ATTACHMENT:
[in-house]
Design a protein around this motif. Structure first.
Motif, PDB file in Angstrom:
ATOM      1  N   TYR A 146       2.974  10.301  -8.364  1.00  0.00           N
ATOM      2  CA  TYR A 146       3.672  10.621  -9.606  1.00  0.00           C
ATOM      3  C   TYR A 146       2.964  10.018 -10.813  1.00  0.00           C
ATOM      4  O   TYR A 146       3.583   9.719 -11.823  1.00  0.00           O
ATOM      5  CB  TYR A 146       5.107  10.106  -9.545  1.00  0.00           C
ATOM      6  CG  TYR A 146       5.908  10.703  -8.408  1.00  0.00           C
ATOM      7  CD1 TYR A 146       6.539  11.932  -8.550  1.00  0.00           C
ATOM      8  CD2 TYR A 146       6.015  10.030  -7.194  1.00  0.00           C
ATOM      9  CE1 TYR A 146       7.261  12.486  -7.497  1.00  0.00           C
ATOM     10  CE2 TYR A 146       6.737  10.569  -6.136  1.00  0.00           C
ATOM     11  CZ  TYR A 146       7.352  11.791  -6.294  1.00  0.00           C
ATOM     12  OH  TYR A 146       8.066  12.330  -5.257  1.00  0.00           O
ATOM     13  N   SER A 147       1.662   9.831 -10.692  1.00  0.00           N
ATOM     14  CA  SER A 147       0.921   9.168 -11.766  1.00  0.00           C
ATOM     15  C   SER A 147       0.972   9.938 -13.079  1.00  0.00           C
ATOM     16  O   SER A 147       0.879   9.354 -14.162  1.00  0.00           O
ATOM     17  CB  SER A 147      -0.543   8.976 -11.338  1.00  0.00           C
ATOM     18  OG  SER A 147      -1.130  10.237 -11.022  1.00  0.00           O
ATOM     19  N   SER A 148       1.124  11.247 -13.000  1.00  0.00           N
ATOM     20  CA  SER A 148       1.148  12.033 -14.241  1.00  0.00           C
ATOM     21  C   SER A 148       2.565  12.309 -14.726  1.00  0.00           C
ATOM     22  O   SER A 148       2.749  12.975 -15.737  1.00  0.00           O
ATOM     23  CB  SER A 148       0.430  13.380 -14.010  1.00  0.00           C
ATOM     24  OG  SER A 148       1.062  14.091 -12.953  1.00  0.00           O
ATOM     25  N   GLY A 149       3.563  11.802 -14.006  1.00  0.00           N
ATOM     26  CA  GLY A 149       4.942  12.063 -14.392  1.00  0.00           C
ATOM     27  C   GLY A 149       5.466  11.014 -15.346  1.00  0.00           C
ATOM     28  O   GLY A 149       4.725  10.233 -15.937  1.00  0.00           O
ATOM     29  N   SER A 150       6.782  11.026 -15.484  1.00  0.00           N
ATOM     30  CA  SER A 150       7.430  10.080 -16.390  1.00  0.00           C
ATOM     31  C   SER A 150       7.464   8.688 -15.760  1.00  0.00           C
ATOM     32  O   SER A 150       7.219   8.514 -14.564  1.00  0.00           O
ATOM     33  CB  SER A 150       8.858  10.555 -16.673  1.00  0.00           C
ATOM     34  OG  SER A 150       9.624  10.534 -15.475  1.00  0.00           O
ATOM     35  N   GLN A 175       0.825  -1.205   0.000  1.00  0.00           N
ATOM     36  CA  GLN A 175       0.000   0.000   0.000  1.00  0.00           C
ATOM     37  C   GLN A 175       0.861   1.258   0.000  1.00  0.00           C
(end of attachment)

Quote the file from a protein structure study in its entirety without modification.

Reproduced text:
[in-house]
Design a protein around this motif. Structure first.
Motif, PDB file in Angstrom:
ATOM      1  N   TYR A 146       2.974  10.301  -8.364  1.00  0.00           N
ATOM      2  CA  TYR A 146       3.672  10.621  -9.606  1.00  0.00           C
ATOM      3  C   TYR A 146       2.964  10.018 -10.813  1.00  0.00           C
ATOM      4  O   TYR A 146       3.583   9.719 -11.823  1.00  0.00           O
ATOM      5  CB  TYR A 146       5.107  10.106  -9.545  1.00  0.00           C
ATOM      6  CG  TYR A 146       5.908  10.703  -8.408  1.00  0.00           C
ATOM      7  CD1 TYR A 146       6.539  11.932  -8.550  1.00  0.00           C
ATOM      8  CD2 TYR A 146       6.015  10.030  -7.194  1.00  0.00           C
ATOM      9  CE1 TYR A 146       7.261  12.486  -7.497  1.00  0.00           C
ATOM     10  CE2 TYR A 146       6.737  10.569  -6.136  1.00  0.00           C
ATOM     11  CZ  TYR A 146       7.352  11.791  -6.294  1.00  0.00           C
ATOM     12  OH  TYR A 146       8.066  12.330  -5.257  1.00  0.00           O
ATOM     13  N   SER A 147       1.662   9.831 -10.692  1.00  0.00           N
ATOM     14  CA  SER A 147       0.921   9.168 -11.766  1.00  0.00           C
ATOM     15  C   SER A 147       0.972   9.938 -13.079  1.00  0.00           C
ATOM     16  O   SER A 147       0.879   9.354 -14.162  1.00  0.00           O
ATOM     17  CB  SER A 147      -0.543   8.976 -11.338  1.00  0.00           C
ATOM     18  OG  SER A 147      -1.130  10.237 -11.022  1.00  0.00           O
ATOM     19  N   SER A 148       1.124  11.247 -13.000  1.00  0.00           N
ATOM     20  CA  SER A 148       1.148  12.033 -14.241  1.00  0.00           C
ATOM     21  C   SER A 148       2.565  12.309 -14.726  1.00  0.00           C
ATOM     22  O   SER A 148       2.749  12.975 -15.737  1.00  0.00           O
ATOM     23  CB  SER A 148       0.430  13.380 -14.010  1.00  0.00           C
ATOM     24  OG  SER A 148       1.062  14.091 -12.953  1.00  0.00           O
ATOM     25  N   GLY A 149       3.563  11.802 -14.006  1.00  0.00           N
ATOM     26  CA  GLY A 149       4.942  12.063 -14.392  1.00  0.00           C
ATOM     27  C   GLY A 149       5.466  11.014 -15.346  1.00  0.00           C
ATOM     28  O   GLY A 149       4.725  10.233 -15.937  1.00  0.00           O
ATOM     29  N   SER A 150       6.782  11.026 -15.484  1.00  0.00           N
ATOM     30  CA  SER A 150       7.430  10.080 -16.390  1.00  0.00           C
ATOM     31  C   SER A 150       7.464   8.688 -15.760  1.00  0.00           C
ATOM     32  O   SER A 150       7.219   8.514 -14.564  1.00  0.00           O
ATOM     33  CB  SER A 150       8.858  10.555 -16.673  1.00  0.00           C
ATOM     34  OG  SER A 150       9.624  10.534 -15.475  1.00  0.00           O
ATOM     35  N   GLN A 175       0.825  -1.205   0.000  1.00  0.00           N
ATOM     36  CA  GLN A 175       0.000   0.000   0.000  1.00  0.00           C
ATOM     37  C   GLN A 175       0.861   1.258   0.000  1.00  0.00           C